The greatest part about the Vail Big Beers Belgians and Barleywines festival is the educational seminars. Yes, there’s a beer festival, but the expansive nature of the seminar track at Big Beers is what keeps people coming back year after year. Every year, there’s something a little different, and it keeps things fresh.
We kicked the day off in the “Coolship” seminar, hearing from four brewers who are continually trying to change the perception of American brewing.
Jason Perkins from Allagash, Jeffrey Stuffings from Jesterking,
Jason Yester from Trinity and Chase Healey from Prairie all walked the seminar through their approach to spontaneous wild ales. We’re still piecing together our thoughts from that seminar, so look for a writeup soon.
Next it was on to learn about Casey Brewing and Blending‘s “The Cut” and hear from Troy Casey about his philosophies and his brewing practices. When asked about his lab equipment: “We have a hydrometer.” Troy spoke about how his time with AC Golden almost burned him out completely, but that the romantic side of brewing, feeling his way through the process really brought him back. It’s these type of stories that are going to help propel craft beer forward.
After that, we joined Rocky Mountain Barrel Company‘s seminar on barrel sourcing. With a star-studded panel featuring Andy Parker from Avery Brewing, Troy Casey, Eric Ponce from Goose Island, Patrick Rue from The Bruery, and Jonathan Buford of Arizona Wilderness Brewing, there were some great stories from their respective experiences with barrels.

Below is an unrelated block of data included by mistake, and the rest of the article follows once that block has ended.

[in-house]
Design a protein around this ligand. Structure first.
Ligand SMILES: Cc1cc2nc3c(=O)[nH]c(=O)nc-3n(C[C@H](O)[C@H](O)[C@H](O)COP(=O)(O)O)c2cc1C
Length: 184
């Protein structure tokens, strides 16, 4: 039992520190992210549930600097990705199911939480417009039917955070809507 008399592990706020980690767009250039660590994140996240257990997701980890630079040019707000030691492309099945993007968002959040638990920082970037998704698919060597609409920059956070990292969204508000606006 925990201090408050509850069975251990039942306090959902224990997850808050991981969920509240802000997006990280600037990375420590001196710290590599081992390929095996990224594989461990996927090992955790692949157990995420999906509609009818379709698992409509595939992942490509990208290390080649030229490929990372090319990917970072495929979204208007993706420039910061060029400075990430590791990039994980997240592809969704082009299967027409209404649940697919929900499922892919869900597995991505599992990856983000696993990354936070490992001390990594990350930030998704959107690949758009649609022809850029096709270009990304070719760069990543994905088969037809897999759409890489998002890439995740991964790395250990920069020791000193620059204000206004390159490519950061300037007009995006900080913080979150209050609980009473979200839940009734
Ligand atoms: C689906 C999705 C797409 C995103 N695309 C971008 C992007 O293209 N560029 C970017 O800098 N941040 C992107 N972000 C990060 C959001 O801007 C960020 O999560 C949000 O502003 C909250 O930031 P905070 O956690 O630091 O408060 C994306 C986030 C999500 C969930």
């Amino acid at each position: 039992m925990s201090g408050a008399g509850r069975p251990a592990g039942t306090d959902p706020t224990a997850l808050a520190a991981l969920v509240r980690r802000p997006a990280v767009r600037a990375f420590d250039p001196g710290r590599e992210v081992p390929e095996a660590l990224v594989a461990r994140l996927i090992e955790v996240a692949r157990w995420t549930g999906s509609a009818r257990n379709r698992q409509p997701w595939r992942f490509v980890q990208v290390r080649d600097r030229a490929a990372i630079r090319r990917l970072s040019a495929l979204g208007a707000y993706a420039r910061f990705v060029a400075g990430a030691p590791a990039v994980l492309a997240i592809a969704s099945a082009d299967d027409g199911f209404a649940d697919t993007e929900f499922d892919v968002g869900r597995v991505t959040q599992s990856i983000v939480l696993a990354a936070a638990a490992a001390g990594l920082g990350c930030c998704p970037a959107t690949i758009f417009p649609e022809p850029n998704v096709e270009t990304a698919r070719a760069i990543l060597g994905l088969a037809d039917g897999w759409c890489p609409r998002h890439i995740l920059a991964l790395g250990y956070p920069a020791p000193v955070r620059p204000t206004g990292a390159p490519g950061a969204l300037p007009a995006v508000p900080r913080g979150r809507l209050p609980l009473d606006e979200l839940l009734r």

From the mass quantity of “8-year old bourbon” barrels that Goose Island uses to Arizona Wilderness’ experience mixing chalk and garlic to mask the smell of a barrel in their brewpub, all sides of the barrel-aging spectrum were covered.
“There’s four tunas in every beer.” – Andy Parker, Avery Brewing Company joking about the beer Fortuna.
Then it was on to the Commercial Tasting. It was truly epic. If you didn’t make it up this year, we’ll make sure to alert you when tickets go on sale next summer. It’s always worth a trip into the mountains.